Editor's note: This article has been corrected to reflect that Xethanol previously traded on the OTC Bulletin Board. The names Aventine Renewable and Hawkeye Renewables have also been corrected. Finally, an article that was reported as having come from The New York Times actually came from The New York Post. We regret any confusion.
Want proof that some businesses are looking to exploit investor excitement for ethanol? Look no further than the company now referred to as Xethanol
More and more development-stage companies are going public to chase the growing ethanol craze. VeraSun
While VeraSun was a straightforward IPO, Xethanol's listing was a bit more convoluted. You see, Xethanol moved its listing from the OTC Bulletin Board to the AMEX. At first glance, it almost looks like a new listing. It's not.
When it was founded in 1991, Xethanol was known as Zen Pottery Equipment. Since then, it's had enough name changes to make your head spin, including Freereal-Timequote.com (January 2000), LondonManhattan.com (September 2001), and the more recent Zen Acquisition Corporation. It settled on Xethanol Corporation through a reverse merger in February 2005, joining with a private firm called Xethanol that wanted to become public.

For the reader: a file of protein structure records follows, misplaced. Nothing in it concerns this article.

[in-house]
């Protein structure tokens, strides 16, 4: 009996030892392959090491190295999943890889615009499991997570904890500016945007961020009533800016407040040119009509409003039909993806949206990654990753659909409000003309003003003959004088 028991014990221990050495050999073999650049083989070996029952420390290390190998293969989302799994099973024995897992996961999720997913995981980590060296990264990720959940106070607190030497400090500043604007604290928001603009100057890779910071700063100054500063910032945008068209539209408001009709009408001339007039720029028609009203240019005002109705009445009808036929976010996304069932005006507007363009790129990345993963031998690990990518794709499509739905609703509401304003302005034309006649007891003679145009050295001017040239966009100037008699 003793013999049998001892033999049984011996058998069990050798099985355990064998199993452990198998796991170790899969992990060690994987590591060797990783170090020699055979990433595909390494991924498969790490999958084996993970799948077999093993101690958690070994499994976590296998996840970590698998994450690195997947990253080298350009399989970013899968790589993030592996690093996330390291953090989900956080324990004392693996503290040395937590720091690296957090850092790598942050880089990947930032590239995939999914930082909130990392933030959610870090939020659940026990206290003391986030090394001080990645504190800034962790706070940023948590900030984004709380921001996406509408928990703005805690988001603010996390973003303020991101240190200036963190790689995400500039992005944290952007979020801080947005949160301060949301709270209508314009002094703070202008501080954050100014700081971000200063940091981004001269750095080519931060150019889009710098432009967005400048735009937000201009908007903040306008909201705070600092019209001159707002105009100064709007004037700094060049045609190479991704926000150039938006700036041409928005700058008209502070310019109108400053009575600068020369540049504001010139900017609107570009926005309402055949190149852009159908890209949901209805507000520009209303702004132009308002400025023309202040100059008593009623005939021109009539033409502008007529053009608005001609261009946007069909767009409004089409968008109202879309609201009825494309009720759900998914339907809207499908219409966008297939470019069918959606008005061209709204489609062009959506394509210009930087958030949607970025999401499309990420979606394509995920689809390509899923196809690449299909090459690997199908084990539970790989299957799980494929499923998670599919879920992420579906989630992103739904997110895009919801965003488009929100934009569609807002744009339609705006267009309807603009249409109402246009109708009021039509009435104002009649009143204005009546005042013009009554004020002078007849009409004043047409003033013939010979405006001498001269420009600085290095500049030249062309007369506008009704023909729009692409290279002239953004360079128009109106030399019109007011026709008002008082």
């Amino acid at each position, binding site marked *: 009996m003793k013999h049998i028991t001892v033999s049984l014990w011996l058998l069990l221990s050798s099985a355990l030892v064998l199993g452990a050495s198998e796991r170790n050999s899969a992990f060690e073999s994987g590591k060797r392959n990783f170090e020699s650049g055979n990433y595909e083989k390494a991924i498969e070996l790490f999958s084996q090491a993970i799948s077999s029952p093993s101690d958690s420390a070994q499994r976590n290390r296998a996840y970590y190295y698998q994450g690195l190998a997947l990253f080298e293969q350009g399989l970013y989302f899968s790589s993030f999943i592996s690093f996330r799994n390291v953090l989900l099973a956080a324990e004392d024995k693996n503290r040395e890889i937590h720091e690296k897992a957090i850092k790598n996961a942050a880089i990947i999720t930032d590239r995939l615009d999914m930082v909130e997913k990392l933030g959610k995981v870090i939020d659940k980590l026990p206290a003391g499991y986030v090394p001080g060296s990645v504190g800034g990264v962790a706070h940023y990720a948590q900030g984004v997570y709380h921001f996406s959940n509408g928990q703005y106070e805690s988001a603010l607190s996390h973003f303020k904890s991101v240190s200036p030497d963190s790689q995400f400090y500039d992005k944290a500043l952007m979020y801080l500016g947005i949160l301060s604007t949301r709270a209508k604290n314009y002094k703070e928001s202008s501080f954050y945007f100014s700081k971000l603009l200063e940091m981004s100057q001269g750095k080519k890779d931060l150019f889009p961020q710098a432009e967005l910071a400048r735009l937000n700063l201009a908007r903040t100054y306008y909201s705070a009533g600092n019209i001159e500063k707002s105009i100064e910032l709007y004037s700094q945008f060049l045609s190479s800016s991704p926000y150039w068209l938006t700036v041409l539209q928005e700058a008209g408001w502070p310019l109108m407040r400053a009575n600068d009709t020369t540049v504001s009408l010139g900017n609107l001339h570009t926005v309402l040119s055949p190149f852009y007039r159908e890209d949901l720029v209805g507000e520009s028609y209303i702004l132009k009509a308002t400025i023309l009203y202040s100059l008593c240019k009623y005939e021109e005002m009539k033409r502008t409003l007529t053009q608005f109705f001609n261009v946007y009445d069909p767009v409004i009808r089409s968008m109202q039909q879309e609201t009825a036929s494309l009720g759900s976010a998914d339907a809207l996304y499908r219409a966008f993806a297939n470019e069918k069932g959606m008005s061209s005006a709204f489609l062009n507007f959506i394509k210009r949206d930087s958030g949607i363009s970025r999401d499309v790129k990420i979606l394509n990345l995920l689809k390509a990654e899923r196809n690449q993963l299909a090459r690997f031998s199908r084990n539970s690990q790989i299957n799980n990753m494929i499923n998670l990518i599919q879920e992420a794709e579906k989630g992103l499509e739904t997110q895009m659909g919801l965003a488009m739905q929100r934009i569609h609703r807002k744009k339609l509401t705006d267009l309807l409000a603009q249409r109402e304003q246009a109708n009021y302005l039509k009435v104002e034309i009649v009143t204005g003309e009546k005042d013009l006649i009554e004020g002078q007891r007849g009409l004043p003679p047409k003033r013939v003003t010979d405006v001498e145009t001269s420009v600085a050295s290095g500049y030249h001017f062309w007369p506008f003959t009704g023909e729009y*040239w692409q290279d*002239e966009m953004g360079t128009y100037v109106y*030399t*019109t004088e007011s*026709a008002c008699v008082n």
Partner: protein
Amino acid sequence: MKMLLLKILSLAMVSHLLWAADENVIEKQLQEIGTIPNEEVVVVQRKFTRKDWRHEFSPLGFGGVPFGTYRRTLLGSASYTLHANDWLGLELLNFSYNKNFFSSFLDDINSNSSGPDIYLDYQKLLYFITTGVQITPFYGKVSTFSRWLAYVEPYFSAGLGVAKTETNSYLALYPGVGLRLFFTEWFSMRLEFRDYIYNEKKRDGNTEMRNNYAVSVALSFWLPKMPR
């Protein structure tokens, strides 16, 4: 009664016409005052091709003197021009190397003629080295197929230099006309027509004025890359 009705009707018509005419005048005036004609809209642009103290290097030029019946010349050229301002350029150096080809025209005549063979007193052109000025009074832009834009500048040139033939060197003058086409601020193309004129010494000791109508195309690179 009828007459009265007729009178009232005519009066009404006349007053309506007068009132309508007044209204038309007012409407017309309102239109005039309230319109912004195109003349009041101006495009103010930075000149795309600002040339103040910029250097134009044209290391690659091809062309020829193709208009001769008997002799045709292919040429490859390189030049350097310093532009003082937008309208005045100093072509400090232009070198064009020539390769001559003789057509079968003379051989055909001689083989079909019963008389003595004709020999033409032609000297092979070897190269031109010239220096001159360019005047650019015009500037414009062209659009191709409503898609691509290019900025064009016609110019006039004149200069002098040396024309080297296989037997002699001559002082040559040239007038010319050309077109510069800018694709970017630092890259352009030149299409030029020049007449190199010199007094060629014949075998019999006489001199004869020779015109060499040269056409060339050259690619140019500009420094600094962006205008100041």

Starting to get a bit alarmed? From the aforementioned name changes, we can see that the company tried to exploit the dot-com boom right before its peak in March 2000. It then tried some type of venture to play on terrorist fears before seizing upon the current ethanol enthusiasm. Another red flag: The company reported minuscule sales of $4.3 million for all of 2005, with a net loss of $11.4 million and a loss of $6 million in operating cash flow.
A recent New York Post article aptly described Xethanol as "a shell company in search of an identity." Given the stock's current price, the Post piece calculated its market cap at roughly $260 million (which is close to the figure listed on the company's website). I don't know about you, but 60 times sales is a bit rich for my blood -- and it doesn't even price in any of the stock's apparently significant downside risk.
It's easy to blame management for appearing to pursue a get-rich-quick scheme, playing off investors' appetite for all things ethanol. But in all fairness, it's also an investor's duty to scrutinize a company's financials and business plan before buying shares. Sure, it's fine to gamble every now and then, but given Xethanol's tumultuous past, you might have more fun and better odds by heading to Las Vegas.
Anything can happen in the investing world. Maybe Xethanol will reach its gold at the end of the rainbow and become a successful ethanol producer. But as it stands right now, Fools might be better off investing their hard-earned money in less speculative endeavors. If you must tread in the ethanol space, at least check out the largest current ethanol producer, agribusiness giant Archer Daniels Midland
Fool contributor Ryan Fuhrmann has no financial interest in any company mentioned Feel free to email him with feedback or to discuss any companies mentioned further. The Fool has an ironclad disclosure policy.